The weather, while not ideal for sap production, is favourable and the sap keeps flowing. It is turning our to be a bumper crop but there is some uncertainty in the industry about the market. We continue to stockpile in the hope that Coved-19 will run its course and things will get back to normal.So far the syrup has all been of the lighter grades with very good flavour. Some sunshine and warmer weather should bring on darker syrup.
The pick up of syrup outside the camp is working well and safe distancing can be maintained. If you are planning to do this call ahead to 613 256 5216 so your oder will be ready.
One of our clients called my attention to an interesting article in the North Grenville Times about the earliest recorded information about maple syrup. Evidently there are records of the native people offering early explorers “a sweet and very pleasant liquor”. There is no mention of maple sugar as experiments have shown that it would have been almost impossible to raise the boiling sap to sugar temperatures in birch bark or clay vessels. It must have been a spring drink as there would have been no way to store the syrup without it going moldy. Later on when iron pots came into use there are reports of the production of large quantities of maple sugar, which can be stored. That still leaves the question in my mind as to how the natives cut enough wood to make all this sugar. Anyone who has made even a small quantity of maple syrup or sugar on an open kettle cam attest to the amount of wood required.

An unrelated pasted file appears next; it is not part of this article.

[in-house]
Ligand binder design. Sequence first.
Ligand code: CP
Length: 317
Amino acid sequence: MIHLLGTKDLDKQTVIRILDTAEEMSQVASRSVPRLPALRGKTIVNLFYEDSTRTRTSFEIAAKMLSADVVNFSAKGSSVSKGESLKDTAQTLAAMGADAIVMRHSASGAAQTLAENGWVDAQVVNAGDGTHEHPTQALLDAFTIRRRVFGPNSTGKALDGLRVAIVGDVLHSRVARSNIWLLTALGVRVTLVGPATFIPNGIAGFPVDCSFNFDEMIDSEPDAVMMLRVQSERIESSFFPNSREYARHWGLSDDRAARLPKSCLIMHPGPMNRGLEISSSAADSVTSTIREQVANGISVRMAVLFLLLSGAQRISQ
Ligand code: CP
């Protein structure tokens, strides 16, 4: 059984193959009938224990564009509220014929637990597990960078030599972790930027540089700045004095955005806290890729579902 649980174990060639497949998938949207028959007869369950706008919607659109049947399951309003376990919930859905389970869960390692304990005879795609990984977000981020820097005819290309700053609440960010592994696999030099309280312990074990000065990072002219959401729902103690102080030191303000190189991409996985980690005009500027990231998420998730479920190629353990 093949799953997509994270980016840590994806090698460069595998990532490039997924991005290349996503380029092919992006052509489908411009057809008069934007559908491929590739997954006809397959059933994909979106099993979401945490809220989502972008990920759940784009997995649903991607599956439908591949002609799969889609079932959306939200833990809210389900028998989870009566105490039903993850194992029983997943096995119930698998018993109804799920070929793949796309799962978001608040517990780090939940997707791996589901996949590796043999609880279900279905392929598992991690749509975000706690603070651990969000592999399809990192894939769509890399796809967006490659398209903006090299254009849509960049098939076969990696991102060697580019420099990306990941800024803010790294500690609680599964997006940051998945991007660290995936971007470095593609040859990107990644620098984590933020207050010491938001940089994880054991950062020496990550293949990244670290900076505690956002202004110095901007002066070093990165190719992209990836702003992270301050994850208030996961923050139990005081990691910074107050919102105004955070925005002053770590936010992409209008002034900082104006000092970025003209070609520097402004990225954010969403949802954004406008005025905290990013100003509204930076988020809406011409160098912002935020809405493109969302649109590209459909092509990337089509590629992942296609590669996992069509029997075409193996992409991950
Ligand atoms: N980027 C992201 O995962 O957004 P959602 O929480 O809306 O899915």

Thanks for the blog post.
I appreciate the part about the history of syrup. It’s nice to be distracted by the thoughts of the history of maple syrup and trying to not only cut…but stack all that wood!